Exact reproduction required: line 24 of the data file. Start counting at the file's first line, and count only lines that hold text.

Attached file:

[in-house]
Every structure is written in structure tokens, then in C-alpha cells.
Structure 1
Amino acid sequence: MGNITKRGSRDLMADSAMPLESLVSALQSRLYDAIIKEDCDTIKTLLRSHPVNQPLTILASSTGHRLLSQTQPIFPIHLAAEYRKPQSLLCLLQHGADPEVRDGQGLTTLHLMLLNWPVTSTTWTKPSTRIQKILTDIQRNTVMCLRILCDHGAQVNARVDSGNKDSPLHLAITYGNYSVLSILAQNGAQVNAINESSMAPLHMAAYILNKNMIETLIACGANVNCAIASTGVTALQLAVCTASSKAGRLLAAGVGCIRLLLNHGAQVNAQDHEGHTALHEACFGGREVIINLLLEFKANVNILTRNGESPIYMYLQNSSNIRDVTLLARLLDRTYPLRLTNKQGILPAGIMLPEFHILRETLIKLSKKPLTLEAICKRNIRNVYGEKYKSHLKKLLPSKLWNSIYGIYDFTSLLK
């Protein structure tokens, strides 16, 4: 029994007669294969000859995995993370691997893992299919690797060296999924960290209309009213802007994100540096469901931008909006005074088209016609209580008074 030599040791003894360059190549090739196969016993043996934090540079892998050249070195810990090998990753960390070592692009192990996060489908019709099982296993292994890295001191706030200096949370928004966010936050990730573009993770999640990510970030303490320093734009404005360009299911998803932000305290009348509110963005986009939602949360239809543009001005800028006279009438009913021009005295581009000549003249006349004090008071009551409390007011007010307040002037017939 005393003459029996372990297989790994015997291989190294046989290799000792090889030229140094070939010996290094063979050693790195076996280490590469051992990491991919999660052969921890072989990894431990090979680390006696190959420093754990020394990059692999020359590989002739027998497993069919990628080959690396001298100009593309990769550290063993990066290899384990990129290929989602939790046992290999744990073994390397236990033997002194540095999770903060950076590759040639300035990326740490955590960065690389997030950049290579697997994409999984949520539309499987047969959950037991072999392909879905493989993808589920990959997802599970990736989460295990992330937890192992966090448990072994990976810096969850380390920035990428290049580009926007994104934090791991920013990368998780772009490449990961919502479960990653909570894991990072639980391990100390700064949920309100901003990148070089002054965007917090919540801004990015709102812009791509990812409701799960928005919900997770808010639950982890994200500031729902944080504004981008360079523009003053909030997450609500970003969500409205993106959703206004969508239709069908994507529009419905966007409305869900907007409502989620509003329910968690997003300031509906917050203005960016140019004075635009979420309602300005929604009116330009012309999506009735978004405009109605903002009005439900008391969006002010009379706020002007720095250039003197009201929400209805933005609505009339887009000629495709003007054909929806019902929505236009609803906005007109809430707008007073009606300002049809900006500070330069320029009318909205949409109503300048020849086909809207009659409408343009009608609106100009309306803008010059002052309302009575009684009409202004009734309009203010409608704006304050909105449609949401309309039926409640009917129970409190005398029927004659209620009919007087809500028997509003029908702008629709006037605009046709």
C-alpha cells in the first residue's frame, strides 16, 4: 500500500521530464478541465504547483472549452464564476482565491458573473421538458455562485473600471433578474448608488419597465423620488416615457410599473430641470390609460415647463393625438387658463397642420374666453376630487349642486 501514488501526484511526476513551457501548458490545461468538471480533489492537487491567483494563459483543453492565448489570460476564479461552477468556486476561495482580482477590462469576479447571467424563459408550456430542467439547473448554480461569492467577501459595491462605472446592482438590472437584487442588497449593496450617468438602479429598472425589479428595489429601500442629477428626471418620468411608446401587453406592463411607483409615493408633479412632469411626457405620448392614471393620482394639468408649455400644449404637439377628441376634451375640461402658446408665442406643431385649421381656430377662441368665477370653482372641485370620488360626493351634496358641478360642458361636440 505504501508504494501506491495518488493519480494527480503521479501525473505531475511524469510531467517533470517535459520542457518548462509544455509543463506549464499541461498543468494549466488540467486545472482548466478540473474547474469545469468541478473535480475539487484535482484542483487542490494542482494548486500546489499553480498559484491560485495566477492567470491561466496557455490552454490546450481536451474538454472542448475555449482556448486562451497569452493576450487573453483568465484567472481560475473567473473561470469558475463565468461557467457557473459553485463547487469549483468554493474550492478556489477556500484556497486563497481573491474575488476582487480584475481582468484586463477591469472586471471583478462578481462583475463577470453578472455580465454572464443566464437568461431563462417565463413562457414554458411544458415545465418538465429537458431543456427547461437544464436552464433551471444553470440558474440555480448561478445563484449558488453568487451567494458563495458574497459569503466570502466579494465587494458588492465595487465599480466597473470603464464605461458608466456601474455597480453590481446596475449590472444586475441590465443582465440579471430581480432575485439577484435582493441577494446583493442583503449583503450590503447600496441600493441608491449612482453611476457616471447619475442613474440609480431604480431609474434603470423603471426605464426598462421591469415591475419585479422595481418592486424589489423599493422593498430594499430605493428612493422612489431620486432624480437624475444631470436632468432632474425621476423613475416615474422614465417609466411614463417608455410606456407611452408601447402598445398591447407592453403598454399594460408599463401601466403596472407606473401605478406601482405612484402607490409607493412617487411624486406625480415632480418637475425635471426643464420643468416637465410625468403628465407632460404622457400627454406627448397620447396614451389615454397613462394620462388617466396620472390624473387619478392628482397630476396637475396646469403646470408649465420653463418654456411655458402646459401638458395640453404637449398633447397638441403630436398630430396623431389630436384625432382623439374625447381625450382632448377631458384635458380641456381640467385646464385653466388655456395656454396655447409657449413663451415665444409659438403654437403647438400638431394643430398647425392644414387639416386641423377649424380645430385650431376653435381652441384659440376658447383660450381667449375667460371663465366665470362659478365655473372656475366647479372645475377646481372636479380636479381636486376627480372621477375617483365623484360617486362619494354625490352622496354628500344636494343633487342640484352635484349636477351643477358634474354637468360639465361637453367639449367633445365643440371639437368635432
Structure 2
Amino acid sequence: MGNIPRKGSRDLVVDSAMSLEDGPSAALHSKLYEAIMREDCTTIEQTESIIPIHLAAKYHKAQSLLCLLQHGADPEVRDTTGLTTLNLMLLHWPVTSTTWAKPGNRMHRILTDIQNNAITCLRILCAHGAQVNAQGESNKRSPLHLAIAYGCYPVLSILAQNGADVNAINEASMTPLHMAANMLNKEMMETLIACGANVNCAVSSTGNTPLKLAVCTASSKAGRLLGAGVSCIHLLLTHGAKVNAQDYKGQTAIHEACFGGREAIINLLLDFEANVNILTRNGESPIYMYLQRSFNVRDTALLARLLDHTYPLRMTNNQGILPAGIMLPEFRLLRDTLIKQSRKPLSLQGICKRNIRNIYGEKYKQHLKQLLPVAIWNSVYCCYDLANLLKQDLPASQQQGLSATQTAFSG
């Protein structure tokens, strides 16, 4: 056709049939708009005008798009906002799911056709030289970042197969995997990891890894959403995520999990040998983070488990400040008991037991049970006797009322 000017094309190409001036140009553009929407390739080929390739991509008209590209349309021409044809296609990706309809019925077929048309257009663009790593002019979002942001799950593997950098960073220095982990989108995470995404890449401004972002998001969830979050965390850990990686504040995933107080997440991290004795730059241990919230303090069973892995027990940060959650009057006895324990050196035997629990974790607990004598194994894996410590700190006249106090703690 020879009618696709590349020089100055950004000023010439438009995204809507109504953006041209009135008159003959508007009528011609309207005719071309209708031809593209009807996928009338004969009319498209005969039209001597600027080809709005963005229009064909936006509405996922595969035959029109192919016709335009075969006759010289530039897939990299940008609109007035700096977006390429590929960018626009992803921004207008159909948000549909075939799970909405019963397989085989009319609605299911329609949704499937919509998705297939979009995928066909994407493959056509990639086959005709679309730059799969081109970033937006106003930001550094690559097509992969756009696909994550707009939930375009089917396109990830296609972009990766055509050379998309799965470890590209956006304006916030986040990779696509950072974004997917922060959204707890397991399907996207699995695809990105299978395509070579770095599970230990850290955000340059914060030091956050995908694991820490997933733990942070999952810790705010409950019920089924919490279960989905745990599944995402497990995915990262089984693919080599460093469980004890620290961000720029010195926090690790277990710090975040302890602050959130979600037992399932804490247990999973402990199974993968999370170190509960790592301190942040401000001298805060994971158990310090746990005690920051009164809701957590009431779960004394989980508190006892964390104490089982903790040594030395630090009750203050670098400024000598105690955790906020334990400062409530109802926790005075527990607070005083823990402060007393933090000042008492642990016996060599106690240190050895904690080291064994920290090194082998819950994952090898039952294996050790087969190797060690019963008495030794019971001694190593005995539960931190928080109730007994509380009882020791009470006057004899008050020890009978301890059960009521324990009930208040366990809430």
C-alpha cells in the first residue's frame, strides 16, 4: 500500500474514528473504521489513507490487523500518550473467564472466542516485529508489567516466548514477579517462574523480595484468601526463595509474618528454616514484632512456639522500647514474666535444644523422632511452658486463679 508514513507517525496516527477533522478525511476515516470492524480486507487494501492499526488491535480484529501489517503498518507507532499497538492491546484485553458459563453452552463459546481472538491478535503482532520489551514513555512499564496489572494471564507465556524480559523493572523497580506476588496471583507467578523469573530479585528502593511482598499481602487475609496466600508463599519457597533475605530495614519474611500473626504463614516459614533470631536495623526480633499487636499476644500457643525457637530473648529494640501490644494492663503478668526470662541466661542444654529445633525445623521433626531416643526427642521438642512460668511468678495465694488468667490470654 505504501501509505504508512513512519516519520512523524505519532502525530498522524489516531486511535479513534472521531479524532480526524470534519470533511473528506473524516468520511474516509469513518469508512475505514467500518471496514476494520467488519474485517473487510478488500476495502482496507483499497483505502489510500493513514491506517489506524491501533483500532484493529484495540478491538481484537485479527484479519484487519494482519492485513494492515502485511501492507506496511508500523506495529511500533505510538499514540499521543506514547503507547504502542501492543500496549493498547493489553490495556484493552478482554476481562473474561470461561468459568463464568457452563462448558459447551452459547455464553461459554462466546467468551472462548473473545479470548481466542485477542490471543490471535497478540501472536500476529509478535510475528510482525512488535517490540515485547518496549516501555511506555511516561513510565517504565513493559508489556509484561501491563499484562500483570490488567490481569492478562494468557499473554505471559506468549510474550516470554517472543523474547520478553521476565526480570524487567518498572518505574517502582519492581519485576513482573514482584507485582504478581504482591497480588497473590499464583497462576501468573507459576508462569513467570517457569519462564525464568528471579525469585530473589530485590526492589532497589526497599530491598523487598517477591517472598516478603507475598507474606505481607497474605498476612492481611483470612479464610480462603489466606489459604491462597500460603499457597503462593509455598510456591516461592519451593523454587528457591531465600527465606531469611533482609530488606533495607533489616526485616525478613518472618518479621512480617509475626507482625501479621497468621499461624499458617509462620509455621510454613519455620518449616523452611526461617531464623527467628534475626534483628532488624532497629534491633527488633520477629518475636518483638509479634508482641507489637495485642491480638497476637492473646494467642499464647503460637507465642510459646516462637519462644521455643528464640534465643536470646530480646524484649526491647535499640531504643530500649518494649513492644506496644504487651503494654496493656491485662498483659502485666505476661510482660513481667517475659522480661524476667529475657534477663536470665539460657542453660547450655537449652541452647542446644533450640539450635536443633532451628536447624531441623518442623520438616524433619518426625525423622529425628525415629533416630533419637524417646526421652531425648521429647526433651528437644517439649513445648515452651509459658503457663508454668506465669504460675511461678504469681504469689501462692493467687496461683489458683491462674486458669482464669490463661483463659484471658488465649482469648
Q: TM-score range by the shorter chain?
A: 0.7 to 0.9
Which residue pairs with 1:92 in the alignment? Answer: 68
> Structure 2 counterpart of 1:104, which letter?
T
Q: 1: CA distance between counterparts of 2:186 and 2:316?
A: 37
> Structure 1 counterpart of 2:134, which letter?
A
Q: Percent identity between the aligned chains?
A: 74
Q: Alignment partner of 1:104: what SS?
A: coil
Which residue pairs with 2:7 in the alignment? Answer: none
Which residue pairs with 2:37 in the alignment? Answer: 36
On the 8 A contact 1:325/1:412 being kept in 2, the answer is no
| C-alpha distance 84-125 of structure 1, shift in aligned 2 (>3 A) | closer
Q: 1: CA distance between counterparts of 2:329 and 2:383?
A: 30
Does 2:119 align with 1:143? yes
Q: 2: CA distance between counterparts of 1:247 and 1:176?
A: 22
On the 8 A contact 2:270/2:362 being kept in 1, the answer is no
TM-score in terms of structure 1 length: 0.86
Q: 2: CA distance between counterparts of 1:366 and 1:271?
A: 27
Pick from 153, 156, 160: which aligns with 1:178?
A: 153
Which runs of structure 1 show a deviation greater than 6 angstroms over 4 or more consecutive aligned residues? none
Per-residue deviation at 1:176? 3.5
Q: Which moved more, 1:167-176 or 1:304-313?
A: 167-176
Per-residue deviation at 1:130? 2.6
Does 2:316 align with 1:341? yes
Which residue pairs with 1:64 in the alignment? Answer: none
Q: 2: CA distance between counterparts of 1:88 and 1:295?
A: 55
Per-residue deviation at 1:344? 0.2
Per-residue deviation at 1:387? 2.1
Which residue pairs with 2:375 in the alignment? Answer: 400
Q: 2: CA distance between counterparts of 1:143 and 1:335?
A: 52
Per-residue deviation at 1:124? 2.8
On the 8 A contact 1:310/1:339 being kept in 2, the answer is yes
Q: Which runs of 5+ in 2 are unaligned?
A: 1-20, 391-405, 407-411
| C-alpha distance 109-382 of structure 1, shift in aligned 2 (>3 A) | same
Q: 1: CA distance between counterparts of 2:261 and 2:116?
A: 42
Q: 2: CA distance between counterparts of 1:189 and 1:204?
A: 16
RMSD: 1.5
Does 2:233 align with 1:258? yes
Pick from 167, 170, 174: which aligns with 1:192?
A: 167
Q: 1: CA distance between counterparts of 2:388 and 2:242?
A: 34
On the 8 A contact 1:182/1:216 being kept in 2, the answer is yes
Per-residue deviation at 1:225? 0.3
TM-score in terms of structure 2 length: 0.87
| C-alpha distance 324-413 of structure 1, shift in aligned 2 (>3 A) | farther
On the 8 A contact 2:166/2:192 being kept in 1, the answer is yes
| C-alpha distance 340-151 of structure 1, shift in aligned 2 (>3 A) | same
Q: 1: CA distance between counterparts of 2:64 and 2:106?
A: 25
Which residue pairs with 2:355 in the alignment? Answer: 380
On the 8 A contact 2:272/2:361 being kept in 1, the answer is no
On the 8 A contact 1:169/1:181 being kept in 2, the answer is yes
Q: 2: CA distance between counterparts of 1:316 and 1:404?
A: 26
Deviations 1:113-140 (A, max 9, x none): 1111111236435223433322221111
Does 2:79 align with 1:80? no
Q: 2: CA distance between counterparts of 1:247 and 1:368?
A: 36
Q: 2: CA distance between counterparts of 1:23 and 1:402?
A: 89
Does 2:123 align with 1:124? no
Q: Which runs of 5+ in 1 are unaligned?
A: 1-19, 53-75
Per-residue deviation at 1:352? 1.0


Which residue pairs with 2:7 in the alignment? Answer: none